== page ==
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Goddy Egene writes on the excitement in the stock market following the positive trajectory and record high demand that has led to spike in share prices
The Nigerian stock market has, over the years, been different things to investors. To some investors it is their number one choice, while to others, it is a no-go-area given the bad experience of 2008 and 2009, when global financial meltdown led to crash in stock markets.
That experience has continued to keep many investors away from the market in Nigeria. Hence, despite a population of about 200 million people, there are fewer than five million investors in the Nigerian stock market. However, the performance of the market in recent times is fast changing the attitude of some discerning investors who are searching for positive returns on investments.
Before now, the fixed income securities market, which guarantees fixed return on investment, was the preference for most investors who are risk averse. However, with the crash in money market rates and increasing inflation that hit 14.2 per cent in October, returns in the money market are now deeply negative.
The only place providing positive returns on investments right now is the stock market, which is attracting unprecedented flow of funds. The high demand for equities has made the market to record a consistent growth since the second quarter after a decline in the first quarter.
As at close of trading on Monday, the main index of the stock market, the Nigerian Stock Exchange (NSE) All-Share Index (ASI) has recorded a year-to-date gain of 29.4 per cent. Investors in some stocks have recorded gains higher than the NSE ASI with Neimeth International Pharmaceuticals Plc posting a gain of 369 per cent.
No capital market stakeholder expected the massive growth being witnessed in the market now following the poor performance recorded in first quarter and the challenges brought by the COVID-19 pandemic. Although the market was expected to rebound in 2020 after dipping in 2018 and 2019, it declined by 20.6 per cent in the first quarter as a result of COVID-19 pandemic impact among other factors.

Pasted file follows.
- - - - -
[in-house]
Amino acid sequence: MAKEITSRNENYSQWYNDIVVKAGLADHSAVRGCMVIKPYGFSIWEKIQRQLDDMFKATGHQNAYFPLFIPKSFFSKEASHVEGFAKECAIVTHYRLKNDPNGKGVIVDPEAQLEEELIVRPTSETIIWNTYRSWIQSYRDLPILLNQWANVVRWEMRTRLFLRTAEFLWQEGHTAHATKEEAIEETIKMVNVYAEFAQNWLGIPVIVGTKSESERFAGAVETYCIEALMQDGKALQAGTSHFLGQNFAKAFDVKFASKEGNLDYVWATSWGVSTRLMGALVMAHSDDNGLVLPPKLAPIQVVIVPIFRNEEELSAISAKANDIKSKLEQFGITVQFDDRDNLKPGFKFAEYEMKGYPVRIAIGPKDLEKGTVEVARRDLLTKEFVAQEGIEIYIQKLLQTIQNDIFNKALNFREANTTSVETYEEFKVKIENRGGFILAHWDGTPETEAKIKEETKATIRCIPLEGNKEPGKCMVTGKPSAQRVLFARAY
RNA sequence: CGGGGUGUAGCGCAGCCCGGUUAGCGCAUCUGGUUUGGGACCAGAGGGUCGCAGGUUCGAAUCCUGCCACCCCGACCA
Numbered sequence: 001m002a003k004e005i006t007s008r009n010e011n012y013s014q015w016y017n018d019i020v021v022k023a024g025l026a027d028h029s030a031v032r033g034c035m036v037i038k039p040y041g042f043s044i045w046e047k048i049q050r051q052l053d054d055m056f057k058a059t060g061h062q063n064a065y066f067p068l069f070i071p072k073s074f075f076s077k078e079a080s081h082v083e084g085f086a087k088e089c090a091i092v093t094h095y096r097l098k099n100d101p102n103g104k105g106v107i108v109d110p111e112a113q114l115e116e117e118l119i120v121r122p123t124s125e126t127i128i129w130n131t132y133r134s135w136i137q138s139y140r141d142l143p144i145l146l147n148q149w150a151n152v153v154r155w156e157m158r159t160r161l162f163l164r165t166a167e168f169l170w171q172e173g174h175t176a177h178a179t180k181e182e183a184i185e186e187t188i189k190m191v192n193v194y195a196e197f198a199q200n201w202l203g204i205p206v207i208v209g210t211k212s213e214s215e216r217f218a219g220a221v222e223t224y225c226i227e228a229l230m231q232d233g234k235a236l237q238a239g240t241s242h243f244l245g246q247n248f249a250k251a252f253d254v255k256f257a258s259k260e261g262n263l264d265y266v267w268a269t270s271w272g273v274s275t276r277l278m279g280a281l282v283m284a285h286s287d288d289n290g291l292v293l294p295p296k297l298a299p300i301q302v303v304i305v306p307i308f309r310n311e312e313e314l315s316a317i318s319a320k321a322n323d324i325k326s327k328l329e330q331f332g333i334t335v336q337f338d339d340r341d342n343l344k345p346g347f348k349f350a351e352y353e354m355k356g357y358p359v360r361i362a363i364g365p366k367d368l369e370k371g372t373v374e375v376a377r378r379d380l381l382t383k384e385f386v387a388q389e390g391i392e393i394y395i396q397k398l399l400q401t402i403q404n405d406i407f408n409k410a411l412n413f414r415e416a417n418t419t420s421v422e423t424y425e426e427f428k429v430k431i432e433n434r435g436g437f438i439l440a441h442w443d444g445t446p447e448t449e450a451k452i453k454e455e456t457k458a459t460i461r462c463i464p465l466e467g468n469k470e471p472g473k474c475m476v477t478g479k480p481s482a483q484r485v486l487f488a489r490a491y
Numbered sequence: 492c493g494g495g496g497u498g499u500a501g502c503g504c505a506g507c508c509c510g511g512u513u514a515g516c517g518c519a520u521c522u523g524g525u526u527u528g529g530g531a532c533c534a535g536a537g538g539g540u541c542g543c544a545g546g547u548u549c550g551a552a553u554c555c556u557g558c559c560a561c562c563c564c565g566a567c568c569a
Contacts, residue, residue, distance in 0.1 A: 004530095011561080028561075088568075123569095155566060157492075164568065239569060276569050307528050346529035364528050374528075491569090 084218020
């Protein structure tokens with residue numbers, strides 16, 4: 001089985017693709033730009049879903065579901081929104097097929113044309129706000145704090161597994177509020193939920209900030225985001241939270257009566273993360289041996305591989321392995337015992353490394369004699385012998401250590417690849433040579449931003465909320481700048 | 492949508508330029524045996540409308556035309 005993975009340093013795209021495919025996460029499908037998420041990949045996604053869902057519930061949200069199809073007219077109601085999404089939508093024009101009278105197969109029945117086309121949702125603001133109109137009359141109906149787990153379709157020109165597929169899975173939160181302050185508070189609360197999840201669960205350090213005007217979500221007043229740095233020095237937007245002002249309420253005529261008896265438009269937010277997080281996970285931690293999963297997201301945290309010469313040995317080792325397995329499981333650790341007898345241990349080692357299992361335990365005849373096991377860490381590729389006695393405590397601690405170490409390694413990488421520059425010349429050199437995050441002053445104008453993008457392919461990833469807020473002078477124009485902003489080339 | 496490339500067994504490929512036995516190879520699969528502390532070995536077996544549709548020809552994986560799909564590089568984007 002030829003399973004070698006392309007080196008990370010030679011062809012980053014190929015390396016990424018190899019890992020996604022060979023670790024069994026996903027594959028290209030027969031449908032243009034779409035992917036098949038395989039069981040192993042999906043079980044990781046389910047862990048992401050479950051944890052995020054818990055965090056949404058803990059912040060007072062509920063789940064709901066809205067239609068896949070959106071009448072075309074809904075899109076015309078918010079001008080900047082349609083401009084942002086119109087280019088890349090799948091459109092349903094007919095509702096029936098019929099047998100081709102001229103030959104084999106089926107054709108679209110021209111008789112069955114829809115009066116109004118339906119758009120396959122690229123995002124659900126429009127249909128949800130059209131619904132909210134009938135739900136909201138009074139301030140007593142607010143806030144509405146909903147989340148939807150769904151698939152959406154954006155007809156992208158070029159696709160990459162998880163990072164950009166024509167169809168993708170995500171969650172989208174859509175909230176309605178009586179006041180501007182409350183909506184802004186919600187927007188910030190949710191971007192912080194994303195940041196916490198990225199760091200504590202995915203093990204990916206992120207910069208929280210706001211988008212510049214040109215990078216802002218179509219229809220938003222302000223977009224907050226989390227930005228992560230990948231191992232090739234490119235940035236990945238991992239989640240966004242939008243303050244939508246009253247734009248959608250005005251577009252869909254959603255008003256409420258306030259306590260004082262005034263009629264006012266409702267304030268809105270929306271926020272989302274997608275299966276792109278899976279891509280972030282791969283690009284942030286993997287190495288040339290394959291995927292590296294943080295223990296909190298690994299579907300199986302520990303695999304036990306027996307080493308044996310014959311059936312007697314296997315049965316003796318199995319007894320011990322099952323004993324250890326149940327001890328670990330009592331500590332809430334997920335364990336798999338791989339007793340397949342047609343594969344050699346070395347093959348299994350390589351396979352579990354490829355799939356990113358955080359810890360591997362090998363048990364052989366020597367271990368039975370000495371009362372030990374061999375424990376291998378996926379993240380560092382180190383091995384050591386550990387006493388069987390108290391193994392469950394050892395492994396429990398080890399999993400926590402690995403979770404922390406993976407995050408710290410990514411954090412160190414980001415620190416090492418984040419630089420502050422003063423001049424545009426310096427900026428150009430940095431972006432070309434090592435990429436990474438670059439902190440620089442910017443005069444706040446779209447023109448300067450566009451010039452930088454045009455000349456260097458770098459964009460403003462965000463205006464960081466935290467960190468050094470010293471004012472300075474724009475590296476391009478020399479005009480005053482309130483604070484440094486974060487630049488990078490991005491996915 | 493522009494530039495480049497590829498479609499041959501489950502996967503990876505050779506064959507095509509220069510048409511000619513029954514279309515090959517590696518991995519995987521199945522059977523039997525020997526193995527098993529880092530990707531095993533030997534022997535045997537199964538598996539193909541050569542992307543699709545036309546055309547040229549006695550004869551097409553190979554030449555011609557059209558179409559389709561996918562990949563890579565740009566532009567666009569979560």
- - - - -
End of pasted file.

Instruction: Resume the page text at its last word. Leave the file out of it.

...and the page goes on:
However, contrary to expectations, the market rebounded in April and sustained the growth through the second and third quarters in spite of COVID-19 induced economic lockdown.
Analysts said the market remained resilient because of the measures taken by regulators coupled with some stimulus package announced by the Central Bank of Nigeria (CBN) to support the real sector given COVID-19 spillovers.
For instance, despite the economic lockdown, trading at the stock market continued as the NSE activated its business continuity plan (BCP). As part of the BCP, the NSE adopted a remote trading and the Chief Executive Officer (CEO) of the NSE, Mr. Oscar Onyema, assured stakeholders that in line with their robust business continuity management framework, the exchange had put in place measures to ensure their operations and trading activities continue seamlessly throughout this period.
“As an exchange, we will ensure that all relevant information continues to flow into the market to ensure the pricing of risk assets remains transparent and reliable across asset classes to allow investors to value their portfolios and make informed investment decisions under these volatile conditions. Dealing members are, therefore, encouraged to continue to trade remotely via our electronic platforms such as FIX protocol and XNET, and reach out to their Compliance Officer if any support is required. Please note that we will provide manual support to members without remote access during this period. Issuers who have any business to conduct with The Exchange can reach out to their Relationship Manager for guidance. You should continue to submit all regulatory filings via Issuers’ Portal (X-Issuer),” he said.